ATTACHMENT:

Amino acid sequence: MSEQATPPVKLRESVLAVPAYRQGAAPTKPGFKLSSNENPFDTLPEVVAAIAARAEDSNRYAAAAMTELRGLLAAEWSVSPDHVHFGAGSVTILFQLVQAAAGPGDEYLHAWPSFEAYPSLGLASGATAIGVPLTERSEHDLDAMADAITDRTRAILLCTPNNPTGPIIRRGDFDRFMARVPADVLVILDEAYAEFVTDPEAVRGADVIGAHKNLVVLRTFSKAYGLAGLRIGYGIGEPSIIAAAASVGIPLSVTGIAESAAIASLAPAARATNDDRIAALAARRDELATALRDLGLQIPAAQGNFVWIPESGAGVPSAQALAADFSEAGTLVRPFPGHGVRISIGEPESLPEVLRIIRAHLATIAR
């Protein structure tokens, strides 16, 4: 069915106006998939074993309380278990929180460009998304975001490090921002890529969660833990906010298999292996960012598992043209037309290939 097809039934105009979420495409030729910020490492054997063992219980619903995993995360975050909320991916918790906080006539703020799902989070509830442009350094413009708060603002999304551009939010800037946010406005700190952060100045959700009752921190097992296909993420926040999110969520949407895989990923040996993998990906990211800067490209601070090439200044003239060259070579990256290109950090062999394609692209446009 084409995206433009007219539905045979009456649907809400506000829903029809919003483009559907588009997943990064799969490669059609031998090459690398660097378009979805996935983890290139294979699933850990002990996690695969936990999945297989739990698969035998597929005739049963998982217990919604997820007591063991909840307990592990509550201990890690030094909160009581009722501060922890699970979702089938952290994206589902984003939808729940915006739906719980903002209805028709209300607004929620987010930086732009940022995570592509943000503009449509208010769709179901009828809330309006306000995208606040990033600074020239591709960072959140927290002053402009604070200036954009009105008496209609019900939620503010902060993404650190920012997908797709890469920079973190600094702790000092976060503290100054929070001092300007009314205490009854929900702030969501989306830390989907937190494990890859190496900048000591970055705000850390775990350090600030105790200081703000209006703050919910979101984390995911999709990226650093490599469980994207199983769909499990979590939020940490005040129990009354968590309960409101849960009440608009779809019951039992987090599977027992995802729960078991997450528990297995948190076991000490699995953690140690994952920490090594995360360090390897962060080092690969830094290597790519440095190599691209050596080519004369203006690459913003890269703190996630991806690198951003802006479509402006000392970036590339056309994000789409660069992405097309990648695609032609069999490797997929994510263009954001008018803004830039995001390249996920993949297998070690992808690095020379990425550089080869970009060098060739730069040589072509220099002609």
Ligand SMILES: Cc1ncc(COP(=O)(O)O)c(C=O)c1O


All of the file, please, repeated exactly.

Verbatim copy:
Amino acid sequence: MSEQATPPVKLRESVLAVPAYRQGAAPTKPGFKLSSNENPFDTLPEVVAAIAARAEDSNRYAAAAMTELRGLLAAEWSVSPDHVHFGAGSVTILFQLVQAAAGPGDEYLHAWPSFEAYPSLGLASGATAIGVPLTERSEHDLDAMADAITDRTRAILLCTPNNPTGPIIRRGDFDRFMARVPADVLVILDEAYAEFVTDPEAVRGADVIGAHKNLVVLRTFSKAYGLAGLRIGYGIGEPSIIAAAASVGIPLSVTGIAESAAIASLAPAARATNDDRIAALAARRDELATALRDLGLQIPAAQGNFVWIPESGAGVPSAQALAADFSEAGTLVRPFPGHGVRISIGEPESLPEVLRIIRAHLATIAR
């Protein structure tokens, strides 16, 4: 069915106006998939074993309380278990929180460009998304975001490090921002890529969660833990906010298999292996960012598992043209037309290939 097809039934105009979420495409030729910020490492054997063992219980619903995993995360975050909320991916918790906080006539703020799902989070509830442009350094413009708060603002999304551009939010800037946010406005700190952060100045959700009752921190097992296909993420926040999110969520949407895989990923040996993998990906990211800067490209601070090439200044003239060259070579990256290109950090062999394609692209446009 084409995206433009007219539905045979009456649907809400506000829903029809919003483009559907588009997943990064799969490669059609031998090459690398660097378009979805996935983890290139294979699933850990002990996690695969936990999945297989739990698969035998597929005739049963998982217990919604997820007591063991909840307990592990509550201990890690030094909160009581009722501060922890699970979702089938952290994206589902984003939808729940915006739906719980903002209805028709209300607004929620987010930086732009940022995570592509943000503009449509208010769709179901009828809330309006306000995208606040990033600074020239591709960072959140927290002053402009604070200036954009009105008496209609019900939620503010902060993404650190920012997908797709890469920079973190600094702790000092976060503290100054929070001092300007009314205490009854929900702030969501989306830390989907937190494990890859190496900048000591970055705000850390775990350090600030105790200081703000209006703050919910979101984390995911999709990226650093490599469980994207199983769909499990979590939020940490005040129990009354968590309960409101849960009440608009779809019951039992987090599977027992995802729960078991997450528990297995948190076991000490699995953690140690994952920490090594995360360090390897962060080092690969830094290597790519440095190599691209050596080519004369203006690459913003890269703190996630991806690198951003802006479509402006000392970036590339056309994000789409660069992405097309990648695609032609069999490797997929994510263009954001008018803004830039995001390249996920993949297998070690992808690095020379990425550089080869970009060098060739730069040589072509220099002609």
Ligand SMILES: Cc1ncc(COP(=O)(O)O)c(C=O)c1O